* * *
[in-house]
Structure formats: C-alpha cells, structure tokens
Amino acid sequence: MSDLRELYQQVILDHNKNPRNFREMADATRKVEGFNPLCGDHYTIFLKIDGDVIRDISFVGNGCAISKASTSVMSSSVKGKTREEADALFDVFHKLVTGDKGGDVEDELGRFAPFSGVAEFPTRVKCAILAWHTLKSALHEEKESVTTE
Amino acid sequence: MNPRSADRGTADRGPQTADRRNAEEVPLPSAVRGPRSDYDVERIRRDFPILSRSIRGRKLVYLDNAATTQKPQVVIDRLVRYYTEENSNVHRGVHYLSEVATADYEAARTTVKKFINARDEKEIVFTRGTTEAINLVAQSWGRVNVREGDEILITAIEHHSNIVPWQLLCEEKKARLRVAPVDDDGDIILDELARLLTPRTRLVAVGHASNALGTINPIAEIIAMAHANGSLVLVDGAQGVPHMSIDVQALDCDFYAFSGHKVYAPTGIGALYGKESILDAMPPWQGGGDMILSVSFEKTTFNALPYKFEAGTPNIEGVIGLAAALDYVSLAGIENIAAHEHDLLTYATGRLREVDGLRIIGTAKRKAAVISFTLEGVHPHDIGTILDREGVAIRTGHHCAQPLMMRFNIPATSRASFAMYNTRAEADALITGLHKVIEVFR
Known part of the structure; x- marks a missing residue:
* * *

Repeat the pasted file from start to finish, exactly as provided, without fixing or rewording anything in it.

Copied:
[in-house]
Structure formats: C-alpha cells, structure tokens
Amino acid sequence: MSDLRELYQQVILDHNKNPRNFREMADATRKVEGFNPLCGDHYTIFLKIDGDVIRDISFVGNGCAISKASTSVMSSSVKGKTREEADALFDVFHKLVTGDKGGDVEDELGRFAPFSGVAEFPTRVKCAILAWHTLKSALHEEKESVTTE
Amino acid sequence: MNPRSADRGTADRGPQTADRRNAEEVPLPSAVRGPRSDYDVERIRRDFPILSRSIRGRKLVYLDNAATTQKPQVVIDRLVRYYTEENSNVHRGVHYLSEVATADYEAARTTVKKFINARDEKEIVFTRGTTEAINLVAQSWGRVNVREGDEILITAIEHHSNIVPWQLLCEEKKARLRVAPVDDDGDIILDELARLLTPRTRLVAVGHASNALGTINPIAEIIAMAHANGSLVLVDGAQGVPHMSIDVQALDCDFYAFSGHKVYAPTGIGALYGKESILDAMPPWQGGGDMILSVSFEKTTFNALPYKFEAGTPNIEGVIGLAAALDYVSLAGIENIAAHEHDLLTYATGRLREVDGLRIIGTAKRKAAVISFTLEGVHPHDIGTILDREGVAIRTGHHCAQPLMMRFNIPATSRASFAMYNTRAEADALITGLHKVIEVFR
Known part of the structure; x- marks a missing residue: